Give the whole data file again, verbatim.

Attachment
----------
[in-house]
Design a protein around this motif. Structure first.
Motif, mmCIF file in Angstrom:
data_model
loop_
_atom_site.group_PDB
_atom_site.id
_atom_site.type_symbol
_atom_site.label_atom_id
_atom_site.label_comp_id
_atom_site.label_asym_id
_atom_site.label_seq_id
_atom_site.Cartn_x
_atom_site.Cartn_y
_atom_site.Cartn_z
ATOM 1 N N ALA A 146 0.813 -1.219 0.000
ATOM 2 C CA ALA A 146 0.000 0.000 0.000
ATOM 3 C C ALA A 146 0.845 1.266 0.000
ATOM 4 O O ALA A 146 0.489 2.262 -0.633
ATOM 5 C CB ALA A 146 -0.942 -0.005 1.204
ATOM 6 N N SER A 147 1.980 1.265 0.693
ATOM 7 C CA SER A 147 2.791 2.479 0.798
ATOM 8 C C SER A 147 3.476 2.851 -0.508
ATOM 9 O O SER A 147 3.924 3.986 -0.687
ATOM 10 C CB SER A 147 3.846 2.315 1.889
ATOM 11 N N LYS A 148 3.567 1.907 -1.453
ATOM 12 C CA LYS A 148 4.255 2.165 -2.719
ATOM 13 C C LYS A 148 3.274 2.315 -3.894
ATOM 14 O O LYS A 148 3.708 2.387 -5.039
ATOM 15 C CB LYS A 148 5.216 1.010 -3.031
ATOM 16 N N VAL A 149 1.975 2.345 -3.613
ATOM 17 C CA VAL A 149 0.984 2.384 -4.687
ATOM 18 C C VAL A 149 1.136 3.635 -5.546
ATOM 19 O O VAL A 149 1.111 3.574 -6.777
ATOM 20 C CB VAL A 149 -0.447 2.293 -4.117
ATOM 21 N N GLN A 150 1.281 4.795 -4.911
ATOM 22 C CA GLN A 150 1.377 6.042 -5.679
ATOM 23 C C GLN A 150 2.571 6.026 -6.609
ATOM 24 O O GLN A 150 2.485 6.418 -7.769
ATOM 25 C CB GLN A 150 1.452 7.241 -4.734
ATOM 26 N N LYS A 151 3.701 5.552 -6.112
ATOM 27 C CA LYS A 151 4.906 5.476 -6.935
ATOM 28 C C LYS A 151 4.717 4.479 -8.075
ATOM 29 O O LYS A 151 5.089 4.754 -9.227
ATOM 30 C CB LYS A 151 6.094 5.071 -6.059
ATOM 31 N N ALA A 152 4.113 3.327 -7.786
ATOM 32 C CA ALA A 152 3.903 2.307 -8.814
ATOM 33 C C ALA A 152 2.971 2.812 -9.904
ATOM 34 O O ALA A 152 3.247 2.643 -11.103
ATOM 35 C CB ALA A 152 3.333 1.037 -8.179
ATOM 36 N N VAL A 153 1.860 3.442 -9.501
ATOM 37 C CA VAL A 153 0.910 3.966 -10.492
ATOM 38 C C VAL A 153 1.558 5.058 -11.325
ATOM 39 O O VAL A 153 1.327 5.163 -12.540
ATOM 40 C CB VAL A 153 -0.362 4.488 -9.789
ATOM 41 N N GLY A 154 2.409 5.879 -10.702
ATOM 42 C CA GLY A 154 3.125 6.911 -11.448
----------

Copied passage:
[in-house]
Design a protein around this motif. Structure first.
Motif, mmCIF file in Angstrom:
data_model
loop_
_atom_site.group_PDB
_atom_site.id
_atom_site.type_symbol
_atom_site.label_atom_id
_atom_site.label_comp_id
_atom_site.label_asym_id
_atom_site.label_seq_id
_atom_site.Cartn_x
_atom_site.Cartn_y
_atom_site.Cartn_z
ATOM 1 N N ALA A 146 0.813 -1.219 0.000
ATOM 2 C CA ALA A 146 0.000 0.000 0.000
ATOM 3 C C ALA A 146 0.845 1.266 0.000
ATOM 4 O O ALA A 146 0.489 2.262 -0.633
ATOM 5 C CB ALA A 146 -0.942 -0.005 1.204
ATOM 6 N N SER A 147 1.980 1.265 0.693
ATOM 7 C CA SER A 147 2.791 2.479 0.798
ATOM 8 C C SER A 147 3.476 2.851 -0.508
ATOM 9 O O SER A 147 3.924 3.986 -0.687
ATOM 10 C CB SER A 147 3.846 2.315 1.889
ATOM 11 N N LYS A 148 3.567 1.907 -1.453
ATOM 12 C CA LYS A 148 4.255 2.165 -2.719
ATOM 13 C C LYS A 148 3.274 2.315 -3.894
ATOM 14 O O LYS A 148 3.708 2.387 -5.039
ATOM 15 C CB LYS A 148 5.216 1.010 -3.031
ATOM 16 N N VAL A 149 1.975 2.345 -3.613
ATOM 17 C CA VAL A 149 0.984 2.384 -4.687
ATOM 18 C C VAL A 149 1.136 3.635 -5.546
ATOM 19 O O VAL A 149 1.111 3.574 -6.777
ATOM 20 C CB VAL A 149 -0.447 2.293 -4.117
ATOM 21 N N GLN A 150 1.281 4.795 -4.911
ATOM 22 C CA GLN A 150 1.377 6.042 -5.679
ATOM 23 C C GLN A 150 2.571 6.026 -6.609
ATOM 24 O O GLN A 150 2.485 6.418 -7.769
ATOM 25 C CB GLN A 150 1.452 7.241 -4.734
ATOM 26 N N LYS A 151 3.701 5.552 -6.112
ATOM 27 C CA LYS A 151 4.906 5.476 -6.935
ATOM 28 C C LYS A 151 4.717 4.479 -8.075
ATOM 29 O O LYS A 151 5.089 4.754 -9.227
ATOM 30 C CB LYS A 151 6.094 5.071 -6.059
ATOM 31 N N ALA A 152 4.113 3.327 -7.786
ATOM 32 C CA ALA A 152 3.903 2.307 -8.814
ATOM 33 C C ALA A 152 2.971 2.812 -9.904
ATOM 34 O O ALA A 152 3.247 2.643 -11.103
ATOM 35 C CB ALA A 152 3.333 1.037 -8.179
ATOM 36 N N VAL A 153 1.860 3.442 -9.501
ATOM 37 C CA VAL A 153 0.910 3.966 -10.492
ATOM 38 C C VAL A 153 1.558 5.058 -11.325
ATOM 39 O O VAL A 153 1.327 5.163 -12.540
ATOM 40 C CB VAL A 153 -0.362 4.488 -9.789
ATOM 41 N N GLY A 154 2.409 5.879 -10.702
ATOM 42 C CA GLY A 154 3.125 6.911 -11.448